“And that’s what Christmas is all about, Charlie Brown”

Tonight we watched A Charlie Brown Christmas. I love that show and I still get chills when I hear Linus reading the Christmas story.

Though I think only Blake and I made it to the end of the little half-hour special — Jill being fatigued and my daughters unimpressed with mid 20th century production values and the slower-paced demand on new-millenium attention spans — I still consider this little show the jewel among all Christmas specials.

Lord Jesus, thank You so much for coming to our rescue. We were so lost . . .

Merry Christmas, Charlie Brown.

“Strengthen the weak hands . . .”

I’ve been so thankful for Isaiah 35 lately.

The wilderness and the dry land shall be glad;

the desert shall rejoice and blossom like the crocus;

it shall blossom abundantly

and rejoice with joy and singing.

The glory of Lebanon shall be given to it,

the majesty of Carmel and Sharon.

They shall see the glory of the Lord,

the majesty of our God.

Strengthen the weak hands,

and make firm the feeble knees.

Say to those who have an anxious heart,

“Be strong; fear not!

Behold, your God

will come with vengeance,

with the recompense of God.

He will come and save you.”

Then the eyes of the blind shall be opened,

and the ears of the deaf unstopped;

then shall the lame man leap like a deer,

and the tongue of the mute sing for joy.

For waters break forth in the wilderness,

and streams in the desert;

the burning sand shall become a pool,

and the thirsty ground springs of water;

in the haunt of jackals, where they lie down,

the grass shall become reeds and rushes.

And a highway shall be there,

and it shall be called the Way of Holiness;

the unclean shall not pass over it.

It shall belong to those who walk on the way;

even if they are fools, they shall not go astray.

No lion shall be there,

nor shall any ravenous beast come up on it;

they shall not be found there,

but the redeemed shall walk there.

And the ransomed of the Lord shall return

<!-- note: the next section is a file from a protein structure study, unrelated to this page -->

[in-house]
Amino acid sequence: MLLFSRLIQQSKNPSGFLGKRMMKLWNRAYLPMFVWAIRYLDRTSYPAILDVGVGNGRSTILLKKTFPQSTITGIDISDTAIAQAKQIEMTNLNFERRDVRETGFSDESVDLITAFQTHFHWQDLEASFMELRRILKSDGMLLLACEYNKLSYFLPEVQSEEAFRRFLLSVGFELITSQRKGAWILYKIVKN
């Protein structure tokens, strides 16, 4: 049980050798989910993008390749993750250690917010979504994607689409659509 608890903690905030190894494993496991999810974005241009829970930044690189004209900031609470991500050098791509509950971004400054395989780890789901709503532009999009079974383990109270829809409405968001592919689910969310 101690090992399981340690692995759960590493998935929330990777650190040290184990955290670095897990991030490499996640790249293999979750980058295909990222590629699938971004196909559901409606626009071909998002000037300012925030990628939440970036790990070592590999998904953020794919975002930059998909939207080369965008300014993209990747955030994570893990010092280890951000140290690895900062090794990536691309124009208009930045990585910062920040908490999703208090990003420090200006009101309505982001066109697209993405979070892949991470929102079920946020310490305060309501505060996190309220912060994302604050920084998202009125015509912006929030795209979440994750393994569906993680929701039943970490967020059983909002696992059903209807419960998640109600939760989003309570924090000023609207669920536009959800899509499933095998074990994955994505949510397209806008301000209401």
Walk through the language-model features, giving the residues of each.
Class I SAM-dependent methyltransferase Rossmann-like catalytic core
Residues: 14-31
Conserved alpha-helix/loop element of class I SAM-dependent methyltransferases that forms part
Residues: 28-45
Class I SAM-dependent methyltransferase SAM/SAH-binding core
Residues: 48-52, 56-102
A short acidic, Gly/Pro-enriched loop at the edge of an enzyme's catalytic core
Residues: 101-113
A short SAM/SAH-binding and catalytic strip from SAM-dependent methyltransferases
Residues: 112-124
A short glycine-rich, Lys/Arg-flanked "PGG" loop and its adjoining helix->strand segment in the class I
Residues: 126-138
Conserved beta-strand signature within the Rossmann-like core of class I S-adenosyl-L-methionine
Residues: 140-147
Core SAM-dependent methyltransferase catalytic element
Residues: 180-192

and come to Zion with singing;

everlasting joy shall be upon their heads;

they shall obtain gladness and joy,

and sorrow and sighing shall flee away.

Overheard over at Gospel Driven Church

Hey, today, why not pray that God will overfill your cup with grace. So when Uncle So-and-so is picking on you, when Grandma is comparing you with your more successful cousin, when Mom or Dad is doing that passive aggressive thing about why you don’t come home more often (when you happen to be home right now! gosh! :-), endure. Endure and respond with love.

Make it your little secret. Inside you will feel like you’re winning a secret battle.

Vomit grace all over the table, horn-o’-plenty centerpiece and all. Be Jesus at that table and overturn it with kindness.

From Jared’s Thanksgiving encouragement post. Go read the whole thing.

Overheard in the comments on another blog

“Can someone tell me what a post-modern hermeneutic is?”

I silently thanked the commenter who wrote this, because I was wondering the same thing; someone upthread had talked about a “post-modern hermeneutic coming to the rescue”.

Putting the descriptor “post-modern” in front of anything generally means that I’ll be confused by what follows.

Heart check

“But to what shall I compare this generation? It is like children sitting in the marketplaces and calling to their playmates,

“‘We played the flute for you, and you did not dance;

we sang a dirge, and you did not mourn.’

– Matthew 11:16-17

“Those who have a heart to criticize, will find something to criticize.” – David Guzik

The iMonk’s Sanity Verses

For your edification, I give you the iMonk’s Sanity Verses. Great stuff.

I particularly liked this one:

Philippians 3:12-16 If any passage deserves the title of “The Sanity Verses,” Paul’s words of determination to be free from the past through Christ certainly fit the bill. What strikes me about these familiar encouragements is the relation to “maturity.” If we are mature, we will think this way. Refusing to give the failures of the past- the ministry failures, the personal failures- to Christ is immaturity. It is the junior high boy who says he can handle everything himself. It is the twenty-something college student who believes his anger and brandishing words make a difference. It is the emotional immature Christian who lives off his personal dramas, forever portraying himself as a victim to manipulate the sympathies of his friends because he is afraid they really don’t like him.

The “mature” Christian moves on. He gives it to Christ- the mess, the garbage, the failure, the refusals to believe, the rejections of the Gospel- and goes to the next chapter. There is no maturity in punishing yourself. There is no maturity in burnout, broken health and divorce. There is no maturity in choosing to refight meaningless battles that amount to the raging of an undisciplined ego or a wasted war with fools. Listen to Christ. Move on, even if it’s hard. Even if it’s a strain. Listen to the voice of the Spirit telling you that God doesn’t hate you. He loves you. You aren’t garbage and you aren’t here on earth to waste your life in meaningless suffering. If there is to be suffering, let it be for joy, not for madness or bitterness.

Move on. Give Christ the mess and take the gift of another day, another chance.